English 341: It’s Like This

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Author: Rachel Larson

Blog 3: Series & Miller’s book

Blog 3: Series & Miller’s book

For my first series book I chose The Series of Unfortunate Events by Lemony Snicket. So far, I have really enjoyed the story and I believe it will be a great read! One of my favorite parts of this book is how Snicket treat young children as mature, smart individuals. For example, the oldest member of the siblings, Violet, takes on the role of an engineer, with a bright mind always thinking of new inventions. The second, Klaus, is an avid reader who has a niche for science. Even Sunny, the baby, who can’t really speak or comprehend much, seems so be intelligent for her young age, always seeming to be more aware then we assume. By creating the central characters as strong, independent and intelligent individuals, it gives children someone to look up to, and shows them admirable characteristics for them to possibly embody. I also love how Snicket adds vocabulary excerpts as a learning tool to help children expand their vocabulary. Personally, I prefer books that are somewhat a challenge, to stimulate my mind and keep me interested in the story. I feel like this would be a great book for children seeking to excel their current reading level, and I can think of hundreds of lesson plans involving this series!
As for Miller’s book, I love her relatability and her teaching style. She understands children have chaotic lives and sometimes cannot find time outside of school to read. So she works with their schedules and points out times in their day when they can squeeze in at least 10 minutes of reading. She discusses how when teachers assign reading for class, it discourages children from truly retaining the information, and instead they skim- read, only trying to find answers. I feel that Miller not only understands the importance and vitality of reading, but also what tools children need to become readers. I am really looking forward to hearing more of her ideals, and learning how to become a “wild reader”.

Little Red Riding Hood Arts & Crafts

Little Red Riding Hood Arts & Crafts

For my first Make, I chose to do an arts and crafts project, creating some of the characters from Little Red Riding Hood using household items: toilet paper rolls, yarn, crayons, a ribbon and a paper towel! Although I had limited resources this time, I thought it would be an awesome project for children to do in the classroom to celebrate finishing a book or unit. Plus, I love arts and crafts!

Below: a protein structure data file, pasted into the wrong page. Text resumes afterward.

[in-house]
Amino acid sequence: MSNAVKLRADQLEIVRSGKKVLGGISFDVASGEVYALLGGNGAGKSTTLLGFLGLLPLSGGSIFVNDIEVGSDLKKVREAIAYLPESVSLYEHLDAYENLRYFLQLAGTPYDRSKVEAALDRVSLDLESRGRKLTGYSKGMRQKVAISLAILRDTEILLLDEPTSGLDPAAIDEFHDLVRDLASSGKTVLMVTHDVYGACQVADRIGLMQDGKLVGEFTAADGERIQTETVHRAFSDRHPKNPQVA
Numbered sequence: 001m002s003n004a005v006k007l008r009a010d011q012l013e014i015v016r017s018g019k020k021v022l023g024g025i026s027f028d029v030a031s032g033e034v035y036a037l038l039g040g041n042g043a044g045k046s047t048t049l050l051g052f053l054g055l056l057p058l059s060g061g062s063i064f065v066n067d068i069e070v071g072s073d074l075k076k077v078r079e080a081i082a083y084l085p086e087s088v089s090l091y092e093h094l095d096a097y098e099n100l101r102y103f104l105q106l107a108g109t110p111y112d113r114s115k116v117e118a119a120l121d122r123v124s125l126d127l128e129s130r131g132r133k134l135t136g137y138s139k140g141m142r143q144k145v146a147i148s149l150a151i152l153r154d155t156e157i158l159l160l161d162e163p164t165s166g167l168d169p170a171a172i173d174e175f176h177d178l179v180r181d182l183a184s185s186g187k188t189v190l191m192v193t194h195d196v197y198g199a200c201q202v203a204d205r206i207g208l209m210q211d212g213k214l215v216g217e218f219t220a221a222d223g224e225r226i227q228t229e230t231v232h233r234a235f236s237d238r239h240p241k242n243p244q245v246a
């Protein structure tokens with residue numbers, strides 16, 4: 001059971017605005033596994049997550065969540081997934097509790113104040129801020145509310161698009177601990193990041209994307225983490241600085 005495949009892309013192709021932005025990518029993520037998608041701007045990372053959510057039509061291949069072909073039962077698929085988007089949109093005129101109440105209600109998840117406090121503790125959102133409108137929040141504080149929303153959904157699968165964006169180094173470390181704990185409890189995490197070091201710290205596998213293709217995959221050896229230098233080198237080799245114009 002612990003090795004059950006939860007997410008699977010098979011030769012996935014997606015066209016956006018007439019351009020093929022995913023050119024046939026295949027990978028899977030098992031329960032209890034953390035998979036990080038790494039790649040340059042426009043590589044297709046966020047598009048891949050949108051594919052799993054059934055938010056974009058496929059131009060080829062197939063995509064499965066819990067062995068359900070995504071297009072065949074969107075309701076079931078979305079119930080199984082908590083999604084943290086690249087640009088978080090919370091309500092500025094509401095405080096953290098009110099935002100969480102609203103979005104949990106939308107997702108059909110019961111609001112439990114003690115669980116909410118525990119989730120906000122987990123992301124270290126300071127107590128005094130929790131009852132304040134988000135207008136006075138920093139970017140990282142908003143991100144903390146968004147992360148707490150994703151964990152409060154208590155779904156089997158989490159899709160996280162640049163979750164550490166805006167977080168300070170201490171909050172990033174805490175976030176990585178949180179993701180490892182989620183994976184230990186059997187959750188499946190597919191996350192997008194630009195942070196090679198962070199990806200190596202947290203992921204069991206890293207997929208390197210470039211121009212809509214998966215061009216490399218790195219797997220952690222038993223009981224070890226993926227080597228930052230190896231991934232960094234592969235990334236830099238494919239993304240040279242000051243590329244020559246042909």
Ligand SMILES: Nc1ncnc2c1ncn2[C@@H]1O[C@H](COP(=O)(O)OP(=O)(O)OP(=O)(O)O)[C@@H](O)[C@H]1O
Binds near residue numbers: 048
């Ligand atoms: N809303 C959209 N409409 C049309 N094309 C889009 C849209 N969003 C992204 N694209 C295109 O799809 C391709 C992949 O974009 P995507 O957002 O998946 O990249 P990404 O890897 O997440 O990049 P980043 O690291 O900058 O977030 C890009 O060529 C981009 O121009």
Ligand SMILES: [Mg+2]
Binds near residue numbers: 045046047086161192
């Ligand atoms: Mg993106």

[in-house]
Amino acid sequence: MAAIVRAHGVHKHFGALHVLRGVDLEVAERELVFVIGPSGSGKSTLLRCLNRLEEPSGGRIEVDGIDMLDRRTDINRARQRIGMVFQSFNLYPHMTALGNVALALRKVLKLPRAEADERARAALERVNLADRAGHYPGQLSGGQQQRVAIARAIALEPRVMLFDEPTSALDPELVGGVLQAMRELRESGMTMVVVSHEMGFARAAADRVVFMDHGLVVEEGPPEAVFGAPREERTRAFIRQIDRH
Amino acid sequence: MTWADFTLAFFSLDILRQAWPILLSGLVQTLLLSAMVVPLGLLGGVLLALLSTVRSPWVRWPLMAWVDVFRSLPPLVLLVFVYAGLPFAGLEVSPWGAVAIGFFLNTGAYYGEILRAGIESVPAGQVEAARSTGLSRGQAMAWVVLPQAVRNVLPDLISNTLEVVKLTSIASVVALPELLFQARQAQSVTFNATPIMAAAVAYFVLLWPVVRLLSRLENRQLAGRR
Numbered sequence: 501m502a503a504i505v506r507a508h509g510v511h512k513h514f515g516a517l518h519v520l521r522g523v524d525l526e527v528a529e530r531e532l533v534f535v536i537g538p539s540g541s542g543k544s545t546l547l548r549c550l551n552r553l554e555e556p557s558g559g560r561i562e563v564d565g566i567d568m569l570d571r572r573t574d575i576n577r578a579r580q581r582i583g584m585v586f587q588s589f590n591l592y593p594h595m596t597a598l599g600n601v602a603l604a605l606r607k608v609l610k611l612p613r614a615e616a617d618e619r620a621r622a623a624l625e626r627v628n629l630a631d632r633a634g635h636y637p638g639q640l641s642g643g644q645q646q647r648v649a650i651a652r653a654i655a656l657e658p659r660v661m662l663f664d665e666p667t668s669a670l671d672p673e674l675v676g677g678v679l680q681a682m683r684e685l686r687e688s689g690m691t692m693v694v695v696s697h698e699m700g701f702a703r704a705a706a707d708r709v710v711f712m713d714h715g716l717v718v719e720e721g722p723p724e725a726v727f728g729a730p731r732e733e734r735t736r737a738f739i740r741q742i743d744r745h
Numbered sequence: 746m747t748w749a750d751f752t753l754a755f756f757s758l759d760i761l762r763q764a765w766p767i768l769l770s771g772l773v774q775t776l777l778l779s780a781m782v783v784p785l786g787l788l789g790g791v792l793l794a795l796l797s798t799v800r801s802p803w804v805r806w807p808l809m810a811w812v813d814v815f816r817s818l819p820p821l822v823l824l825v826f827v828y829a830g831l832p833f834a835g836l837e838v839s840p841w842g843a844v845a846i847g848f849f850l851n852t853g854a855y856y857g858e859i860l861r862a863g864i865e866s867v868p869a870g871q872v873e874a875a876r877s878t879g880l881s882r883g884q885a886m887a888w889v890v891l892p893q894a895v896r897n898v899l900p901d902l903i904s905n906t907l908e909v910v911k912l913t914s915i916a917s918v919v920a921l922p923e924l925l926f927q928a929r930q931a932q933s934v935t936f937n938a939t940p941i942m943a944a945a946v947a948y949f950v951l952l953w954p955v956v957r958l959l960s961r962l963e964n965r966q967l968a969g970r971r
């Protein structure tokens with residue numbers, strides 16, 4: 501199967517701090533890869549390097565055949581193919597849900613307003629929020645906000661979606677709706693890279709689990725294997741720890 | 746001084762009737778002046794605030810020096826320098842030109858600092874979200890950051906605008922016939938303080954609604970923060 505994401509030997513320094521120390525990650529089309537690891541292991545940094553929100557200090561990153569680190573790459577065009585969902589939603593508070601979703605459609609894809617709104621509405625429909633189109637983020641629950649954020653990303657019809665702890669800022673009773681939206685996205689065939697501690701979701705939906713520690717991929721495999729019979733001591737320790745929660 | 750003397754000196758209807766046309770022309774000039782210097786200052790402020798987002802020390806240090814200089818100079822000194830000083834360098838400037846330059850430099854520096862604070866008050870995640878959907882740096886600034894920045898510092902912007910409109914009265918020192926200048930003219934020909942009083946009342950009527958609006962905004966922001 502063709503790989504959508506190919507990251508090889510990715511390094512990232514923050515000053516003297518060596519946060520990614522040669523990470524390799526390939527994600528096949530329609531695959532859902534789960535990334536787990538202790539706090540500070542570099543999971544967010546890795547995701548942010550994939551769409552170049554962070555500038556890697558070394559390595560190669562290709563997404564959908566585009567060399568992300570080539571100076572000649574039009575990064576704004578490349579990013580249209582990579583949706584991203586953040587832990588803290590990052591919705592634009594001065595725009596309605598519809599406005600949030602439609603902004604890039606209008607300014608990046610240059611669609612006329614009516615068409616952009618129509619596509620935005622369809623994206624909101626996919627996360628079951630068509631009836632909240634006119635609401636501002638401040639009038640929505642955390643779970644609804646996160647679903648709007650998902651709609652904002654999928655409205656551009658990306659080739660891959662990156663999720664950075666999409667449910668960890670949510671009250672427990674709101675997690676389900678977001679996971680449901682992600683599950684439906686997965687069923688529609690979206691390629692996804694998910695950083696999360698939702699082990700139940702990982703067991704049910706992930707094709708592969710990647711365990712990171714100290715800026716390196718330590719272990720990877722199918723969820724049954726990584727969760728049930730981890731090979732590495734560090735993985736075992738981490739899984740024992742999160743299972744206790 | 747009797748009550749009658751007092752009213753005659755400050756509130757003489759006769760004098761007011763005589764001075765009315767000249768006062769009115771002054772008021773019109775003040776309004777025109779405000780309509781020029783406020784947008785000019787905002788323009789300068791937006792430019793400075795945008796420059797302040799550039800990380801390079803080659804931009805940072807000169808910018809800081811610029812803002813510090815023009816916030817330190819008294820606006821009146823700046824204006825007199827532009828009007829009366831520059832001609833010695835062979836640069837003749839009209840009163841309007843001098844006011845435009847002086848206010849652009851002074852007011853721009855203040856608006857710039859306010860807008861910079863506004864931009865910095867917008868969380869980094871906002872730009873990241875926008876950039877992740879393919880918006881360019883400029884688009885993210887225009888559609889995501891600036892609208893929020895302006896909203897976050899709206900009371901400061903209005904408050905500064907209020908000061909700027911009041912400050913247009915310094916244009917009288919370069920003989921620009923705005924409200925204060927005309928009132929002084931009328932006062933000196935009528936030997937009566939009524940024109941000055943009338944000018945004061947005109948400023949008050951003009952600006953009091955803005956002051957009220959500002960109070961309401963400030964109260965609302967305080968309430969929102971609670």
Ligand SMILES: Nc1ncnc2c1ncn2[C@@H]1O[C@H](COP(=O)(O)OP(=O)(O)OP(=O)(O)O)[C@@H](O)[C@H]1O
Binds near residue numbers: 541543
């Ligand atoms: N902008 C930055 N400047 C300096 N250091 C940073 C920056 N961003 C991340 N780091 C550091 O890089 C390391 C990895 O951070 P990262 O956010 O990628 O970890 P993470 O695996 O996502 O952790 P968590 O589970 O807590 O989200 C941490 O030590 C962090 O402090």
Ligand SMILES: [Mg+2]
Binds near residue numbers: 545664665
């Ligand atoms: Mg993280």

The picture I had in my head looked a lot better than the outcome, but what’s new. If I were to do this with the children in real life, I would make a trip to Michael’s and go all out: glitter, felt, googly eyes, anything that the kids could think of to make these toilet paper roll people come to life. I had fun making Little Red, Grandma, and The Wolf with my friend, so I think my students would have fun with this activity too.

 

Blog 2: Fairytales

Blog 2: Fairytales

I found Robert Cole’s quotes to be an interesting take on the purpose of a story. Personally, I would agree with Coles statement, “The whole point of stories is not ‘solutions’ or ‘resolutions’ but a broadening and even heightening of our struggles.” (Coles), because as readers we tend to search for some type of relation to the characters in the story and their situation. And based on how the character handles their struggle, we consider how we deal with our own. The “Little Red Riding Hood” cycles proposed multiple different version of the same tale. Cole’s quote forces us to not focus on being satisfied (or unsatisfied) with the resolution of these stories, but to focus on the content of the story itself, and how it relates to our struggles. It shifts the purpose of the simple tale of LRR, into something much more personal, carrying an individual meaning for everyone.